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An overview of Maternal Mortality Rate in Afghanistan

Women are facing many barriers accessing health care facilities and even more during particular moments of high vulnerability: pregnancies and delivery. (5) MSF reports: Afghanistan is one the most dangerous place in the word to give birth. (4)

The leading cause of death in the country is maternal mortality, having 1 in 52 dying from pregnancy related causes…(2) It is true that 40% of women who became mother had not received any antenatal care during their pregnancies. (5)

As a result, in 2015, the Maternal Mortality Rate (MMR which measure the number of deaths per 100’000 live births) in Afghanistan was at 396, according to the United Nations Population Fund (UNFPA).

Today, it is still ranked among the highest in the world and ranks the highest among countries of Asia and Pacific region (1) As a comparison, the world’s MMR in 2015 was of 216; it’s expected to lower down to 135 in 2020 (see graph).

Theses estimations are moreover concealing strong regional disparities says MSF report published in 2014. Indeed, a recent study was made by the Center for Disease and Prevention Control (CDC), UNICEF and the MoPH, in 4 provinces where the maternal mortality rate was extremely high (1600 over 100 000 births); it reveals that 40% of the women deaths could have been avoided. (3)

The postnatal cares are also very weak and women who survive face many complications like obstetrical fistula for example (3% of Afghan women). This is an example of a classical complication easily treated in others countries, that would clearly affect women’s quality of life and make them face a huge ostracism. (6)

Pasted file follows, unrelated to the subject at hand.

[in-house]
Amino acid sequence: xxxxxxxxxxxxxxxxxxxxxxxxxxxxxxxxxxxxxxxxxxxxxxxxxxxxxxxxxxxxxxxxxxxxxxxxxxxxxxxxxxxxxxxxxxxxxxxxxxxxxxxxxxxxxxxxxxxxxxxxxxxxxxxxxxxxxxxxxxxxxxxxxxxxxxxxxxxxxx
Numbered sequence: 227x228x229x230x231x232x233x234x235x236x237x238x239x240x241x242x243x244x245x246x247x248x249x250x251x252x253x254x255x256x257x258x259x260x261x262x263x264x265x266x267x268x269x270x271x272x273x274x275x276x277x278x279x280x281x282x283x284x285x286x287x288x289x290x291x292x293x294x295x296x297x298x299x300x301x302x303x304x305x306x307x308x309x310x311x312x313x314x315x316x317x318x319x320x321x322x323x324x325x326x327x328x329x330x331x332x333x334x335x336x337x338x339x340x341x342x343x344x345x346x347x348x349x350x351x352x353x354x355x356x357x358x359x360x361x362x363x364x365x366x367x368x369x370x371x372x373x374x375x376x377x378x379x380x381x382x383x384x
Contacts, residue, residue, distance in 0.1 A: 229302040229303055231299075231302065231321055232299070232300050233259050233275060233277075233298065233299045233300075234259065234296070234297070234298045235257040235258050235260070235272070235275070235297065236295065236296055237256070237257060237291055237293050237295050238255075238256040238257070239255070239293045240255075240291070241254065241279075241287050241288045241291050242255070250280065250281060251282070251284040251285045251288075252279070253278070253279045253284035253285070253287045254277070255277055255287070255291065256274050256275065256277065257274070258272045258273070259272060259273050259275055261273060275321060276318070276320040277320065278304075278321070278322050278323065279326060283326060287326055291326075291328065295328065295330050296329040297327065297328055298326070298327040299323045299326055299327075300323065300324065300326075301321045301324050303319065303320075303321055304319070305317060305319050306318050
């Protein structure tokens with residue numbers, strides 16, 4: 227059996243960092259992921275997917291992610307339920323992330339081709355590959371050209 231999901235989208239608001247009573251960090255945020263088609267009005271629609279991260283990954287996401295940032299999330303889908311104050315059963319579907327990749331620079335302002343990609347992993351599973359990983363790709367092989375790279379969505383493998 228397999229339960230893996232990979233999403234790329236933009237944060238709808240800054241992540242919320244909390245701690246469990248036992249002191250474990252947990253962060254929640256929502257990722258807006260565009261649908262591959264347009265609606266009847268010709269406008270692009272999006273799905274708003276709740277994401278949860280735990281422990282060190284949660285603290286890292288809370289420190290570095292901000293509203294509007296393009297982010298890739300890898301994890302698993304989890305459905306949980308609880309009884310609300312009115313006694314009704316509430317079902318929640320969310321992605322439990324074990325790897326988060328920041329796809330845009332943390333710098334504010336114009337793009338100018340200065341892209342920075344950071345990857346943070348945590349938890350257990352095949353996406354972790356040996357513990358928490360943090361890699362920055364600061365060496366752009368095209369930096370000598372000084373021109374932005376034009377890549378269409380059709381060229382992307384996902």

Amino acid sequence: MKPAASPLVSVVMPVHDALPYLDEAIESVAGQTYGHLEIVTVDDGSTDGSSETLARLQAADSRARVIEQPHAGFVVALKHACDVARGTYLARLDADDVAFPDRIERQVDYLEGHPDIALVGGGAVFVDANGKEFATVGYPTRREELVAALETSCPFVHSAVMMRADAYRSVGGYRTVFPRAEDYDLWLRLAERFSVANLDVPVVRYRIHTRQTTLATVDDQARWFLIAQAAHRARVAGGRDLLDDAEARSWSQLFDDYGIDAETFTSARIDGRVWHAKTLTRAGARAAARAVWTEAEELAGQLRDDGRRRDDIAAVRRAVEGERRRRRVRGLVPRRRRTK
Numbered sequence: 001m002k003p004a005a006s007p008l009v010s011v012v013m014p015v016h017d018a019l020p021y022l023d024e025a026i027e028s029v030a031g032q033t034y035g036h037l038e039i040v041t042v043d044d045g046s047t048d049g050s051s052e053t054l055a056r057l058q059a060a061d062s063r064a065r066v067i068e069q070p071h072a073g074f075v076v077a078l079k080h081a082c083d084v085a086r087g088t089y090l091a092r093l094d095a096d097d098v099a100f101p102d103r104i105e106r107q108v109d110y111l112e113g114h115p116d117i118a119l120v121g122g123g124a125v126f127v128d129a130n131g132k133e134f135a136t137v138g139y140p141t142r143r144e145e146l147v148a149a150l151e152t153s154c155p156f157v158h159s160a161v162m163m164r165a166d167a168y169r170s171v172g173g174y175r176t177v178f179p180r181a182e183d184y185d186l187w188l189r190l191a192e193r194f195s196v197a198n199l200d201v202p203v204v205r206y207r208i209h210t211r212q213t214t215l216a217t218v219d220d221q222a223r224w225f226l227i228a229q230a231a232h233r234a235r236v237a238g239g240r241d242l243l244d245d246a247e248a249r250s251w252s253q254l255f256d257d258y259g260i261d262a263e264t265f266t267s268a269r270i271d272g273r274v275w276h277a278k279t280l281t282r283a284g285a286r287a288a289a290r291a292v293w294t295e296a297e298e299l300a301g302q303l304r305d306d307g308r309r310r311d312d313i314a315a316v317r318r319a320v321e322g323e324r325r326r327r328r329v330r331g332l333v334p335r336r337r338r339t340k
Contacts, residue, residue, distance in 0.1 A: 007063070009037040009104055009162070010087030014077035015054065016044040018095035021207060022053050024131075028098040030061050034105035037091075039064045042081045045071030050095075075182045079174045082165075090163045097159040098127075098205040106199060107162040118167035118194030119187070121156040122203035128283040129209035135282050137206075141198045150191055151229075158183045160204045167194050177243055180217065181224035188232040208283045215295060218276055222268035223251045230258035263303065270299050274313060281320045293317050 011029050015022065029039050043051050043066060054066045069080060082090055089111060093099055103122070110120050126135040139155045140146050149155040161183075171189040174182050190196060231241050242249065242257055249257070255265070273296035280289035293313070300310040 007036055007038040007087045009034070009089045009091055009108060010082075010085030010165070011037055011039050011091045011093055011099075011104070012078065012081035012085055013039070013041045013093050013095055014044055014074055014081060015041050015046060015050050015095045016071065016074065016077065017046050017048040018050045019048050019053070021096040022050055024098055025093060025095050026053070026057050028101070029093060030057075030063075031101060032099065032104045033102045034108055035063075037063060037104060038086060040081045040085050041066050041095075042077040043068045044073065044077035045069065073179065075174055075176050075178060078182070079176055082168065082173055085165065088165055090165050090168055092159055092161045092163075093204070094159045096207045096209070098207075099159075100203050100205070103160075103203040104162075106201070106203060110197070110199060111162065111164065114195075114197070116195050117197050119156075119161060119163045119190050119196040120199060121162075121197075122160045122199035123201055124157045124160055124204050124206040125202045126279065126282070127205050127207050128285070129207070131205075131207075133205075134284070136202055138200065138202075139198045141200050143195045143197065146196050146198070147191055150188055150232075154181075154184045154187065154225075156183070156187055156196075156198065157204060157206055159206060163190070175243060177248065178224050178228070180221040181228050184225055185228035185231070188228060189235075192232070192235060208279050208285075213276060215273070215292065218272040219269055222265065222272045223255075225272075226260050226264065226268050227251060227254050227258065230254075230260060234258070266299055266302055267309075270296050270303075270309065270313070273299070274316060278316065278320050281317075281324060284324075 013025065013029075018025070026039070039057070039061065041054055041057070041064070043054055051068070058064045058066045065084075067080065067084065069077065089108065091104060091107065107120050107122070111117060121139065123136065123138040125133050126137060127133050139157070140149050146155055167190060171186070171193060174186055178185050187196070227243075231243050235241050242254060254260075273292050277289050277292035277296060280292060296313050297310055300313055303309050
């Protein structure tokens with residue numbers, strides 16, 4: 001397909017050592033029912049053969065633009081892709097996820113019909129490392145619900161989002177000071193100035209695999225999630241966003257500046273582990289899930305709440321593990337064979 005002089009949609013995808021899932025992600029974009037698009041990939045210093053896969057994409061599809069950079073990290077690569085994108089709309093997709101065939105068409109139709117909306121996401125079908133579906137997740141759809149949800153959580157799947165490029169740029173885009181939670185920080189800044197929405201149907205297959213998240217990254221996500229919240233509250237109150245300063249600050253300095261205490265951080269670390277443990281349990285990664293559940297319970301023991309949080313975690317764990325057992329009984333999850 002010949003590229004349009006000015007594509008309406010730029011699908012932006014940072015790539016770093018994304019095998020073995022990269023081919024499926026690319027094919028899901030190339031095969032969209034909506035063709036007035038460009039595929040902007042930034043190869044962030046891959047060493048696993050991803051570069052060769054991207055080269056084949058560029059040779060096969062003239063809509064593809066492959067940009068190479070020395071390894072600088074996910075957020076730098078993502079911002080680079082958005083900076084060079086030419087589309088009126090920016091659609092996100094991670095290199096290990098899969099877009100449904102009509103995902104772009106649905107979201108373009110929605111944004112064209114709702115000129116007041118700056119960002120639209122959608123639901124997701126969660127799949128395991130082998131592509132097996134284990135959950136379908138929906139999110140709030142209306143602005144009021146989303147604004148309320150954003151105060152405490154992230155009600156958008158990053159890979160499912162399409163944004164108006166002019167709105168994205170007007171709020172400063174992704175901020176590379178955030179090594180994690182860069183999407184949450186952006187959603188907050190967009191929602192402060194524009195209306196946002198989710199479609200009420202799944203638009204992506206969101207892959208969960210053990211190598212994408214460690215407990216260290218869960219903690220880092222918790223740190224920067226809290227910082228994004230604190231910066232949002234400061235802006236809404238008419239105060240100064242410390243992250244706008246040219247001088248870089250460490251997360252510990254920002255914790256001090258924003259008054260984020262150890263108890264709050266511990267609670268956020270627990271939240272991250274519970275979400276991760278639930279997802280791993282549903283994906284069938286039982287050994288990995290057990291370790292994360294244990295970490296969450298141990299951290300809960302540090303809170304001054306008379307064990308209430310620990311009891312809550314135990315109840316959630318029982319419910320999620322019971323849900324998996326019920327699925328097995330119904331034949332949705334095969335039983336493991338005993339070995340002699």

Thanks to the government’s health policy, the population’s engagement and NGO’s implication, the MMR has decreased and should continue to do so to align with the Sustainable Development Goal. AfD helps reduce the rate further through its Midwifery Training programme and its Comprehensive Health Centre. Taking care of the health of women, mothers, newborns and children – especially in rural areas – is AfD’s goal to reduce complications leading to death.

In 2019, with a total fertility rate per woman of 4,2 / 5 (according to UNFPA), it is important to keep improving maternal and child health through programmes.

To know more about our different health programmes in relation with the issues mentioned, please visit our website:



(2) WHO, Afghanistan: country profiles; Maternal mortality in 1990-2015,

(3) “Struggle against maternal mortality in Afghanistan” UNICEF Website

(4) “Maternal mortality: a preventable crisis”, MSF report, 2012

(5) MSF report, 2018

(6) Afghanistan Demographic and Health Survey, 2015.

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